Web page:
Omek Interactive wants to put you in the game…and in the TV…and in the computer. The Israel based company has developed Shadow SDK, a middlewarepackage that enables 3D gesture technology for all types of home media. With Shadow, third party developers can create realistic video games where your body becomes the controller, or it can be used to create gesture controlled TV/media centers, or computer interfaces. Omek Interactive demoed some great applications fueled by Shadow at Techonomy 2010. Check out them out along with CEO Janine Kutliroff’s presentation in the video below.

It looks like the human computer interface of the future could be the open air. Ive seen some pretty cool gesture systems that only require a camera and a person’s body to control various media devices. The incredible interface from Minority Report is going to arrive in the next few years, gesture TVs are coming to the market soon (“the end of 2010″), and Microsoft’s Project Natal should be available at about the same time. Because Shadow enabled applications can work with video games, it’s often compared to Natal. Both can give you real-time control of an avatar, as you’ll see in the following:

Kutliroff’s speech ends around 5:40 followed by a media room gesture control application, a demonstration of an avatar (7:43), and a pretty neat-looking boxing game (8:43).

Of course one of the big differences between Project Natal and Shadow is that you’ll only ever see Natal on the Xbox or other Microsoft platforms. Shadow might be popping up everywhere. At least, that’s what Kutliroff and Omek seemed to be aiming for. Other companies in the gesture control business are focusing on a single application (Toshiba/Hitachi for TVs and home media, g-speak for computers, and Project Natal for video games). Omek Interactive isn’t married to one particular kind of hardware and they’re definitely trying to court a plurality of application developing firms. While they’ve created some interesting demo games and applications, Kutliroff’s presentation clings to the middleware status. Shadow is, after all, a SDK. Omek is poised to enable third party developers to build the next generation of gesture controlled technologies. Probably in video games, but possibly for TVs and computers as well.

The only question I have is whether the products that would sandwich Shadow (the 3D cameras on one side, and the gesture enabled applications on the other) are actually ready. We’ve seen some depth-perceptive cameras on the market (such as the 3D stereoscopic webcam from Minoru) but they are far from ubiquitous. Likewise, there’s been some good buzz surrounding gesture TVs and Project Natal’s video games but neither is actually on sale yet. This is an emerging market, and while the possibilities for gesture controls are very promising there’s no guarantee they’ll be popular. Omek could be caught as the middleman between two types of products that never get off the ground.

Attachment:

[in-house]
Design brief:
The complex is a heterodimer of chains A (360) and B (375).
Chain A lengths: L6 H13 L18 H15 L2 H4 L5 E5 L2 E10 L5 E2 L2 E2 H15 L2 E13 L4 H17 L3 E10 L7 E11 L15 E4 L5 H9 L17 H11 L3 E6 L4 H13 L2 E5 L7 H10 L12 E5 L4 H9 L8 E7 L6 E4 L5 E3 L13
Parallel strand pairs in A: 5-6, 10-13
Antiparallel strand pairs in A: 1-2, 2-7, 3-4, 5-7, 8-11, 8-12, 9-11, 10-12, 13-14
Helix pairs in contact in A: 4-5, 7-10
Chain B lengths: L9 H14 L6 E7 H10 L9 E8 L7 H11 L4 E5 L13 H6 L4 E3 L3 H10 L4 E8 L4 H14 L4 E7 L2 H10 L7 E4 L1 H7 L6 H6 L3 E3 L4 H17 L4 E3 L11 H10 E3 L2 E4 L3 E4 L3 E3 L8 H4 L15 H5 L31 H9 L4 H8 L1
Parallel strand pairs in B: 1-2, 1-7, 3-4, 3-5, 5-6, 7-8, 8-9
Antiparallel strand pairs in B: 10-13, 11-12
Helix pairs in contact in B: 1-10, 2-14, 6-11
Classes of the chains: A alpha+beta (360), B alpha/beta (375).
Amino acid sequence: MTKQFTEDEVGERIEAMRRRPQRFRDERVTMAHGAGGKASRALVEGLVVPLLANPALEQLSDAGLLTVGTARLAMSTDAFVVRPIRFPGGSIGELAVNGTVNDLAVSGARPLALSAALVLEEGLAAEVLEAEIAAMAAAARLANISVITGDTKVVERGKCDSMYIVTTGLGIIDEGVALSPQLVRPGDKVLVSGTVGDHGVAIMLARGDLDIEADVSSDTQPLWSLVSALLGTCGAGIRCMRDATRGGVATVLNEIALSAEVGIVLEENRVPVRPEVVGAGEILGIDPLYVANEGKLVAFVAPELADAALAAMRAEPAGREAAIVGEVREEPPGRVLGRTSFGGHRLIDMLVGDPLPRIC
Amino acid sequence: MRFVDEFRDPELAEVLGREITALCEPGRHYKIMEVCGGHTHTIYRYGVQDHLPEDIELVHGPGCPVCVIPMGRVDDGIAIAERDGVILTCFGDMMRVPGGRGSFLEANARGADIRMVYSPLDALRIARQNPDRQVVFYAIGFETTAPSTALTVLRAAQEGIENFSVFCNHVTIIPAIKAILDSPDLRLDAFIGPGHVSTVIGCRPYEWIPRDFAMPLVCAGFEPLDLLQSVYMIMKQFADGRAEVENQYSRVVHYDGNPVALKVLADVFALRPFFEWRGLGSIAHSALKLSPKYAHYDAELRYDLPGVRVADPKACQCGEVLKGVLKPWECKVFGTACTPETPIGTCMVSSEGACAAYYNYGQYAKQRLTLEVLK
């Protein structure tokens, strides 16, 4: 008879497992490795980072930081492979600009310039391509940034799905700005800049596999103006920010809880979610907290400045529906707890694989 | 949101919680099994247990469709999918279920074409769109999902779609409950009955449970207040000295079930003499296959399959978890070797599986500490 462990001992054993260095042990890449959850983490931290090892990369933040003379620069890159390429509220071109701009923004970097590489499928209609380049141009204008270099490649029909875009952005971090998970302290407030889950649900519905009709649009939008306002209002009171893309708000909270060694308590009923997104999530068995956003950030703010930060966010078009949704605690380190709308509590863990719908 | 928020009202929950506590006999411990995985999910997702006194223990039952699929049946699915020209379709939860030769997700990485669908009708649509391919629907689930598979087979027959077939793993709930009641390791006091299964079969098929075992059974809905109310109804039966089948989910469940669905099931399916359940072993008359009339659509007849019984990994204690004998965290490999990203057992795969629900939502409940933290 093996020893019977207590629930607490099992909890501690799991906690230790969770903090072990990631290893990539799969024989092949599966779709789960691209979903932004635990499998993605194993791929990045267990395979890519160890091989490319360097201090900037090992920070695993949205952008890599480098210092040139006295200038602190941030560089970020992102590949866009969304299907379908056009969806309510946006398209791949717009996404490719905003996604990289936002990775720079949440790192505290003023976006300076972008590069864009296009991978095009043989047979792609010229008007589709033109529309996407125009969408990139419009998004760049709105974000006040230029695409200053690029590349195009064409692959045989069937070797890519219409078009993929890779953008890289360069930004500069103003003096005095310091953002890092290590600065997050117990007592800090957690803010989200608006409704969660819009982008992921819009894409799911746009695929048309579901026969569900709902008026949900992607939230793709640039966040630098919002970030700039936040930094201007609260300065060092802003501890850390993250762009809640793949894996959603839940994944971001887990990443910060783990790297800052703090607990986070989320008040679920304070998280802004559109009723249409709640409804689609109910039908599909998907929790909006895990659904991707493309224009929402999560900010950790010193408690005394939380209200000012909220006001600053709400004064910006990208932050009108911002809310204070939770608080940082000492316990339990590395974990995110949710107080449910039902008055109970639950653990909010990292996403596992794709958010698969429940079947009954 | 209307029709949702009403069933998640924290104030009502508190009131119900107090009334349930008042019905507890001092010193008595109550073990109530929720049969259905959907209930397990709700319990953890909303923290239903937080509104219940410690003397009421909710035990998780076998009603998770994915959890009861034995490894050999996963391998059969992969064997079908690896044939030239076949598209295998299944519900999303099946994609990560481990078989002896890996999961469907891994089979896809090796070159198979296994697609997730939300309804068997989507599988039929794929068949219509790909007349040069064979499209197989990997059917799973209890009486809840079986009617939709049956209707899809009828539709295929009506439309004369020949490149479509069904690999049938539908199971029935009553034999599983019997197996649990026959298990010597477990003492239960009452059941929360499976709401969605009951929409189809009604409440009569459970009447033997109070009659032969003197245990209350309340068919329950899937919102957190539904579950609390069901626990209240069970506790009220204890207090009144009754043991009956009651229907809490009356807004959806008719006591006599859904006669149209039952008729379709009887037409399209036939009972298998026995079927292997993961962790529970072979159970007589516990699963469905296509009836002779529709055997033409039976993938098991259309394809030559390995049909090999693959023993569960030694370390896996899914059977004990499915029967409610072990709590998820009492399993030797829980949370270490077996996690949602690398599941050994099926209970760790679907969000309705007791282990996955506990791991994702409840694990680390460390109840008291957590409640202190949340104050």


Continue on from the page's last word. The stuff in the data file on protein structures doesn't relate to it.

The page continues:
I must admit that part of my skepticism stems from the fact that gesture controls are not my favorite of the technologies contending to be the next major human-computer interface. As fun as it may be to play a movie with the flip of a wrist, or use your entire body to play a virtual boxing match, these applications lack tactile feedback. There’s nothing to hold. Nothing physical to let you know that you’re actually interacting with something. To me, for gesture controls to really succeed they’ll need some sort of haptics. I’d be totally cool with flailing my limbs through the open air if I could actually feel when my virtual self was hitting something.

Still, my personal preferences aside, the entire body monitoring control scheme seems to be grabbing a lot of attention. Omek Interactive is making a great move by racing to become the definitive middleware solution in the field. If the public does become interested in gesture technology, the Shadow SDK could get some major use. It would let companies that are good at making hardware, and companies that are good at making applications (i.e. games) focus on their strengths while Omek knits them together. That’s a smart strategy and a sure way to enable innovation. It will likely take several years before we know whether gesture controls are here to stay, but Omek is certainly a name to watch while we figure it all out.